The road winds up from the Simtokha Dzong into pine forests and through small villages for 20 kilometers and then opens up at the Do Chula pass. The view of the Himalayas, on clear day, from the pass at 3,100 meters is one of the most spectacular in all of Bhutan.
Punakha lies about an hour’s drive from Dochu La. Situated at a lower elevation of 1,250 meters, the valley gets hot during the summer months and stays warm during the winter months. Punakha Dzong is home to the central monk body and the Je Khenpo (Chief Abbot of Bhutan) during the warm and ideal winter months of Punakha. Punakha served as the capital of Bhutan until 1955.
With a temperate climate and silt deposits from the Pho Chu (male) and Mo Chu (female) rivers, the fertile Punakha valley produces abundant crops and fruits. Hence, Punakha along with Paro, is known for growing the finest quality of rice Bhutan has to offer. Due to the natural topography and favourable climatic conditions, farmers of Punakha have the privilege of being able to grow two cycles of rice in a year.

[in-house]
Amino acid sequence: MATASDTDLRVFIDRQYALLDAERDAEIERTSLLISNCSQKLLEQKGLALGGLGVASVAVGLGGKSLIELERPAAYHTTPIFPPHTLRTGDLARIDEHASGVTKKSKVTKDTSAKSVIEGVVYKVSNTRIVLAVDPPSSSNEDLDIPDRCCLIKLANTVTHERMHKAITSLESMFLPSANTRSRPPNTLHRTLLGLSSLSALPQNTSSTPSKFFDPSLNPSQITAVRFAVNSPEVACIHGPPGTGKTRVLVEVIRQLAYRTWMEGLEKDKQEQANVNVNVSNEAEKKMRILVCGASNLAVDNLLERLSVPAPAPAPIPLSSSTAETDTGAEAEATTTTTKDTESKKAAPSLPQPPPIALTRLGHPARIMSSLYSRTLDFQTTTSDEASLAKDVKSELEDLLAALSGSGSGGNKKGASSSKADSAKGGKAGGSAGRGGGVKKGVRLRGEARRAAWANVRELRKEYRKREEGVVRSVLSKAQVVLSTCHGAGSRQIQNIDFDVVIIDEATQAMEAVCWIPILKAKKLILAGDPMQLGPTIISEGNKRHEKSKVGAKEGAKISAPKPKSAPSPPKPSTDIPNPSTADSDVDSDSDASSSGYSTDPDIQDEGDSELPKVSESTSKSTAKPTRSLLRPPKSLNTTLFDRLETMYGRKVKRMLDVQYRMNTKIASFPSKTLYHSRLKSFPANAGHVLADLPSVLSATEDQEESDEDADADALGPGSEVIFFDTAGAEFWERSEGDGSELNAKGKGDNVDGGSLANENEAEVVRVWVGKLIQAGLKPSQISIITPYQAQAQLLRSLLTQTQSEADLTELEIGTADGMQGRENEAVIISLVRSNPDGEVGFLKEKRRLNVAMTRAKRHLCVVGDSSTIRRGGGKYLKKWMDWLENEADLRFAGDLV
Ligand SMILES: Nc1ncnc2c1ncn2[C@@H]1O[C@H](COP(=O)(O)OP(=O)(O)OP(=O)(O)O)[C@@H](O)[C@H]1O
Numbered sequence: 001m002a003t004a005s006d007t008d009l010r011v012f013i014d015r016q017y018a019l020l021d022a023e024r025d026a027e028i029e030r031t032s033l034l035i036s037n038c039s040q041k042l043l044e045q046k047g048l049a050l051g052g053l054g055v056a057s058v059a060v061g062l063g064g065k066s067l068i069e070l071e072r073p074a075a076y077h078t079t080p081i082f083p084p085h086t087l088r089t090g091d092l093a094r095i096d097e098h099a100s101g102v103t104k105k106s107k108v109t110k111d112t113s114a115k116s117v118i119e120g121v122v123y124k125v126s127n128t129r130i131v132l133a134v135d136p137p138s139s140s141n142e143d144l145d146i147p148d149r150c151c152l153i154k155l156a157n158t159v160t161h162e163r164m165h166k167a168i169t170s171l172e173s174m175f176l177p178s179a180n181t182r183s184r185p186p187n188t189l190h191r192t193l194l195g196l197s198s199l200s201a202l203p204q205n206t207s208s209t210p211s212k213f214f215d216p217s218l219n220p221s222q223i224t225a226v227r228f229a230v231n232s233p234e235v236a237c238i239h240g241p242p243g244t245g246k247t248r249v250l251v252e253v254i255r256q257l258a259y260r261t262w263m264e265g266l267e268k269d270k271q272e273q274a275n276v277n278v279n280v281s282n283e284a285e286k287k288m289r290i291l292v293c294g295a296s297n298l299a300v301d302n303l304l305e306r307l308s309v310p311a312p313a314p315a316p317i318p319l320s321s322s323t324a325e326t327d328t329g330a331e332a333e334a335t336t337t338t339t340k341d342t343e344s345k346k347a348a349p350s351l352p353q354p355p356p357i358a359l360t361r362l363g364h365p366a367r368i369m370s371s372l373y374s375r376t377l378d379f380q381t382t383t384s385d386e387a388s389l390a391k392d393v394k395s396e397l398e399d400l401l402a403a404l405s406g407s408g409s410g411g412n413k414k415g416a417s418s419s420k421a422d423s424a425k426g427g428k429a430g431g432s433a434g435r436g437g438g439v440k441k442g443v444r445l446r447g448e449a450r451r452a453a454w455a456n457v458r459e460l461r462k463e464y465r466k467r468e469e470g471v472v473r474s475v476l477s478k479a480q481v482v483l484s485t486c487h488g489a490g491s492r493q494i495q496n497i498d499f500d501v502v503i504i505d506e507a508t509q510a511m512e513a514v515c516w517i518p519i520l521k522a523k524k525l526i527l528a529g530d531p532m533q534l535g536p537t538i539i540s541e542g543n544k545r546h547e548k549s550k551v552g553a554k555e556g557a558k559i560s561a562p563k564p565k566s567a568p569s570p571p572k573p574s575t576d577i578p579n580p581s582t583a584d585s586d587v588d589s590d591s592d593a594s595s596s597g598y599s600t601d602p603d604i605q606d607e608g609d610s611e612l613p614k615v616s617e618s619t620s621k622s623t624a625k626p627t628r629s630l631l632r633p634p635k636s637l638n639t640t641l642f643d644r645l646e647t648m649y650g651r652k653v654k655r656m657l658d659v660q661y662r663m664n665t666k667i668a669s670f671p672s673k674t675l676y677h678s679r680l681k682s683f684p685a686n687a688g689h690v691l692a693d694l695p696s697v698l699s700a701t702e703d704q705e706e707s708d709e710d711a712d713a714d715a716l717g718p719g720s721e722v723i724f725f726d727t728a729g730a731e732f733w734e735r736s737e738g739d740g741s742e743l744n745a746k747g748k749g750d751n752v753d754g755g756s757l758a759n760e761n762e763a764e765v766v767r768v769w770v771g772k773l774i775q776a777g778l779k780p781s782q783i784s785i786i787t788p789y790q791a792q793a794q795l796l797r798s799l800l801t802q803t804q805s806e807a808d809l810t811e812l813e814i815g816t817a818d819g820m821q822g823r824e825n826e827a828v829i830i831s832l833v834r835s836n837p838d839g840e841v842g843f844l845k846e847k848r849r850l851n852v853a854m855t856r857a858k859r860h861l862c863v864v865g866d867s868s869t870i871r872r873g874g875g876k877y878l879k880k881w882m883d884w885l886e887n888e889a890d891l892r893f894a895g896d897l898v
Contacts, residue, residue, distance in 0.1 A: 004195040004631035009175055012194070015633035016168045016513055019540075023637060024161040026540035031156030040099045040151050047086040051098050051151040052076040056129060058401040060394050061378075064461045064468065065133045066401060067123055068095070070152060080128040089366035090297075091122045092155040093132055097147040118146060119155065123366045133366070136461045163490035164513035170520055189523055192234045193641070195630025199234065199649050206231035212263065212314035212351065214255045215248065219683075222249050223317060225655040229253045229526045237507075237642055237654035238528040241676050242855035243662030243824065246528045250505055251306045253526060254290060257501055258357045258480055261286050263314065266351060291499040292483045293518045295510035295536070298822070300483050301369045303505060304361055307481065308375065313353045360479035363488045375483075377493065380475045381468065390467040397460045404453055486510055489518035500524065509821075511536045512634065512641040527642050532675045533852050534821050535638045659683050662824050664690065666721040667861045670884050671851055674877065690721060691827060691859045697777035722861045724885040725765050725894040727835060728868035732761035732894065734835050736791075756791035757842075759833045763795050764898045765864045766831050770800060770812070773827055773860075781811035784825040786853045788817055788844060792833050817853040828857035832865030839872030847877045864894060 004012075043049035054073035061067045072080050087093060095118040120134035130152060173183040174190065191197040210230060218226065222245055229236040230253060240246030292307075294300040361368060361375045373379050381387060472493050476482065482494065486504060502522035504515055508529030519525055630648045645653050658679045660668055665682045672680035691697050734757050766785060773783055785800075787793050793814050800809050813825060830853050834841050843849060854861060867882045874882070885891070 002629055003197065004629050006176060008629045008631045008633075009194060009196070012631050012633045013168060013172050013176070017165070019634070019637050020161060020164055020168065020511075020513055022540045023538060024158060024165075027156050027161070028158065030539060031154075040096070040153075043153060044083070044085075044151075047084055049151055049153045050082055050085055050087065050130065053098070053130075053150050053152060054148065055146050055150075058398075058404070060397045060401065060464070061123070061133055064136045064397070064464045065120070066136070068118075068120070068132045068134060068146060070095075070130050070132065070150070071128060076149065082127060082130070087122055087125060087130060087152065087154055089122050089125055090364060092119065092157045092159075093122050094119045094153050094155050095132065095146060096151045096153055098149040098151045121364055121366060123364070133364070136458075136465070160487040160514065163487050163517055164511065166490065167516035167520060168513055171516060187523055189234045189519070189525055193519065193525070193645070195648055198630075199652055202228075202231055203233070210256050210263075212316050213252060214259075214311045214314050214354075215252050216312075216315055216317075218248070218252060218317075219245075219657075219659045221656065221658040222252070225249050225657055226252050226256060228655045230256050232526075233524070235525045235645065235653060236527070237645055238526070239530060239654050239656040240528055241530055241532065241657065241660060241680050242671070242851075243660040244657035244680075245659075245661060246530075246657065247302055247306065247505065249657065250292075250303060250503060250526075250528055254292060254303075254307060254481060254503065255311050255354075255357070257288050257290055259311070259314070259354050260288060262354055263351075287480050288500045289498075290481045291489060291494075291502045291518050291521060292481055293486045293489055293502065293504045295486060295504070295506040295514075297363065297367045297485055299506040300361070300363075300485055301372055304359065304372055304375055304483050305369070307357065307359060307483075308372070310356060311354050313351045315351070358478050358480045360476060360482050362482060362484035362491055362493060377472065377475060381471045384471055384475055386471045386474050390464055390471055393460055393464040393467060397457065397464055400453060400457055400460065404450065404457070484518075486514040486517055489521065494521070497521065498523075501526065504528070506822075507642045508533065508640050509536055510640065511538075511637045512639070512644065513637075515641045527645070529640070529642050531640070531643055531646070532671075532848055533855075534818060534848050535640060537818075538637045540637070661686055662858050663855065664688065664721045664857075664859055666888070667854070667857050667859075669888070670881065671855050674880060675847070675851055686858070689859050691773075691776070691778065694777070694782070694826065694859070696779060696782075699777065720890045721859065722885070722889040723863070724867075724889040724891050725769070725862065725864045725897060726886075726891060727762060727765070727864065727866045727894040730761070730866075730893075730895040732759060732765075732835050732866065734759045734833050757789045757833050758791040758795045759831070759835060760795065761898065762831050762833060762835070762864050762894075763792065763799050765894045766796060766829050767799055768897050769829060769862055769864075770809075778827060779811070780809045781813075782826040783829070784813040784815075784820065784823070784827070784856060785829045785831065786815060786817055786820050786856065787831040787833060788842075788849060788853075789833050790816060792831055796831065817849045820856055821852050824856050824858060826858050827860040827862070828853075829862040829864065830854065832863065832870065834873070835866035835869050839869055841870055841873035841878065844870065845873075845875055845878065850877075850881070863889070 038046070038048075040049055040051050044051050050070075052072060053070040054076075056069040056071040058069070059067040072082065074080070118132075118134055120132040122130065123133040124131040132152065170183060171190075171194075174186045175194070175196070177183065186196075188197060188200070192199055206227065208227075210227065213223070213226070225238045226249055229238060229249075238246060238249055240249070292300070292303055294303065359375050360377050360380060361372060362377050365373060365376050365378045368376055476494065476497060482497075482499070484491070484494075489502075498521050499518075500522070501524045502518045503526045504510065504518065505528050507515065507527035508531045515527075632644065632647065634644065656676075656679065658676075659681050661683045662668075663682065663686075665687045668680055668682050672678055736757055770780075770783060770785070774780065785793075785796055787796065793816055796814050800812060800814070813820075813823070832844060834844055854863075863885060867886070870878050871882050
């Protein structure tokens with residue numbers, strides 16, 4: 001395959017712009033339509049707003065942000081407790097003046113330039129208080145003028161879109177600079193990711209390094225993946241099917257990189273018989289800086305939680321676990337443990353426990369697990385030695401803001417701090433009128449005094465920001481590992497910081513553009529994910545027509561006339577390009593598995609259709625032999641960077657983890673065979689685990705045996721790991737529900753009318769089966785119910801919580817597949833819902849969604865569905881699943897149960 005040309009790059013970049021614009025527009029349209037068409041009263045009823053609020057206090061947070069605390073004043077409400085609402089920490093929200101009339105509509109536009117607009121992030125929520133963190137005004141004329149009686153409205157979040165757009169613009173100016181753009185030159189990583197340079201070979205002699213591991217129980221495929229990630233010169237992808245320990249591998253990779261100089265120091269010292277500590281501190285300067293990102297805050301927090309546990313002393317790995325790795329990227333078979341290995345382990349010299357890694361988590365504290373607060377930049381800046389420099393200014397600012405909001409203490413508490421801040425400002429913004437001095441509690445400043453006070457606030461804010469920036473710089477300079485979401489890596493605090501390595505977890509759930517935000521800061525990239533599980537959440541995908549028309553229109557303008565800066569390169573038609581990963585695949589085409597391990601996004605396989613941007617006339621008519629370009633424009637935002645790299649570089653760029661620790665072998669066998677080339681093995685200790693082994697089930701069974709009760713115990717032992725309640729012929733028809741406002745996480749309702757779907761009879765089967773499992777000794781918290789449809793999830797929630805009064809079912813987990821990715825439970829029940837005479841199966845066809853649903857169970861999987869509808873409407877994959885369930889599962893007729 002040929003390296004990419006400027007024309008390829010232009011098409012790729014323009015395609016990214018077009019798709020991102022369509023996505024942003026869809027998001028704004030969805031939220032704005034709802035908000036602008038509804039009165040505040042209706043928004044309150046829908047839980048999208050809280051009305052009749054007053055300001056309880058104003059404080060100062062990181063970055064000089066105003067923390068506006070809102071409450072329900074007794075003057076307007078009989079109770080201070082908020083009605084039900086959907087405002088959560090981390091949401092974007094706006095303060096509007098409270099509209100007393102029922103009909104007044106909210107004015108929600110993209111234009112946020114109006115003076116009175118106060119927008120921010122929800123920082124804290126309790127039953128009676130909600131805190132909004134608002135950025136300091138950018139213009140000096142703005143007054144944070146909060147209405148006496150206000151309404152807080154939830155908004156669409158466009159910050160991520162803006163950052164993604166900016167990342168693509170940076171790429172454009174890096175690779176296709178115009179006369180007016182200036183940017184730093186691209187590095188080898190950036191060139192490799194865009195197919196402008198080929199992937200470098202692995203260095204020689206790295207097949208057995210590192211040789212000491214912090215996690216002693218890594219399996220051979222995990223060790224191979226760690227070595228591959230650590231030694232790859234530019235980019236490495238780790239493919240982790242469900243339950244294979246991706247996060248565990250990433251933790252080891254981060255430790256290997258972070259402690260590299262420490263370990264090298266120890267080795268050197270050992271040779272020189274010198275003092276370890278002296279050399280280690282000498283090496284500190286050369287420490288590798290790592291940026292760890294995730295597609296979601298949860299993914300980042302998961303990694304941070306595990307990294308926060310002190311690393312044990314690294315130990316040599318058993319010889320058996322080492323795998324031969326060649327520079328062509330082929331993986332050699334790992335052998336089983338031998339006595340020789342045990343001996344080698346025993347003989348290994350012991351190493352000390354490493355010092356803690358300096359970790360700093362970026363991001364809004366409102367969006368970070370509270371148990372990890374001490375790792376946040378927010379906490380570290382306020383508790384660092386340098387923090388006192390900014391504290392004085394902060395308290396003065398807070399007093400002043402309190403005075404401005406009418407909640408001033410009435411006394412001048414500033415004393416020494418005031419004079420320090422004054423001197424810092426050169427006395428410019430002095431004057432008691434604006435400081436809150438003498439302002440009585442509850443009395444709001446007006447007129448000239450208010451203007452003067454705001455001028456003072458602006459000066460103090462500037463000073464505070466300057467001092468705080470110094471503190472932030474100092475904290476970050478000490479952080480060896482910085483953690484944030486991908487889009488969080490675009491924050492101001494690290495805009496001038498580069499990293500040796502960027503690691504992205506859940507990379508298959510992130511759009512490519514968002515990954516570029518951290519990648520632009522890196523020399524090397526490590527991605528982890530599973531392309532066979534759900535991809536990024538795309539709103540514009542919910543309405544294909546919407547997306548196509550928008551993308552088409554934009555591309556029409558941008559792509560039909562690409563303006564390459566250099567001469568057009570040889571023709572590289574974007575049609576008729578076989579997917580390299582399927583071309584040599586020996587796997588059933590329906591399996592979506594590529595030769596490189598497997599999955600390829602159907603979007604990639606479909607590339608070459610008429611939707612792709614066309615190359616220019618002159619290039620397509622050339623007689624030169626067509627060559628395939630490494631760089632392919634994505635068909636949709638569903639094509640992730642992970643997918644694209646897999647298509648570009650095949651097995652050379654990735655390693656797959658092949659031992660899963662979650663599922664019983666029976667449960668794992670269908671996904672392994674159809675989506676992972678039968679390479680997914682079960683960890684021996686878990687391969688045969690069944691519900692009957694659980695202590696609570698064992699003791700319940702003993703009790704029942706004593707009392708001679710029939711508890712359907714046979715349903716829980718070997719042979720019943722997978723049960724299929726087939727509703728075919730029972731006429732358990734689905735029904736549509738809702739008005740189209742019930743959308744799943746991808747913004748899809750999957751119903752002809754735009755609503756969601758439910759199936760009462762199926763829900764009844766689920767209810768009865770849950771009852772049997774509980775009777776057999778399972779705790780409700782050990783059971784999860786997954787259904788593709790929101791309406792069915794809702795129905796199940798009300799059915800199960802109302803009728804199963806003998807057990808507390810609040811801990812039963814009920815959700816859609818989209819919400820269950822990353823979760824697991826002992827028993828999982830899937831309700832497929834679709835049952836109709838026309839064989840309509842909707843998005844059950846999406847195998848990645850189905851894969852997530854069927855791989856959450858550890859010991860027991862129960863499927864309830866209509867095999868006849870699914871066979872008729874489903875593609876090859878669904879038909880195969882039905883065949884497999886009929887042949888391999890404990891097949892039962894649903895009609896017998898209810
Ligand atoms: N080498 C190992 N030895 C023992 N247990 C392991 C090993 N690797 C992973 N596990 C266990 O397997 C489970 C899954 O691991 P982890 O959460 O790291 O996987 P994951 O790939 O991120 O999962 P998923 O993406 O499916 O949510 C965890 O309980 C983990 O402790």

Punakha Dzong was strategically built at the junction of the two rivers in the 17th century by Zhabdrung to serve as the religious and administrative center. In spite of the many disastrous fires and earthquakes that destroyed many historic documents, the Dzong houses numerous sacred temples including the Ma Chen, where the embalmed body of Zhabdrung Ngawang Namgyal lies in a preserved state.
A catastrophic flood in 1994 left the Dzong seriously damaged. On May 13, 2003, the Punakha Dzong was completely restored as one of the most important monuments of Bhutan’s religious, cultural, and political history. Now enriched with new Lhakhangs (altars), more than 200 new religious images, and numerous other treasures, the Punthang Dewachenpoi Phodrang (Palace of Great Happiness) was sanctified and its pure spirituality immortalized with the sacred rituals.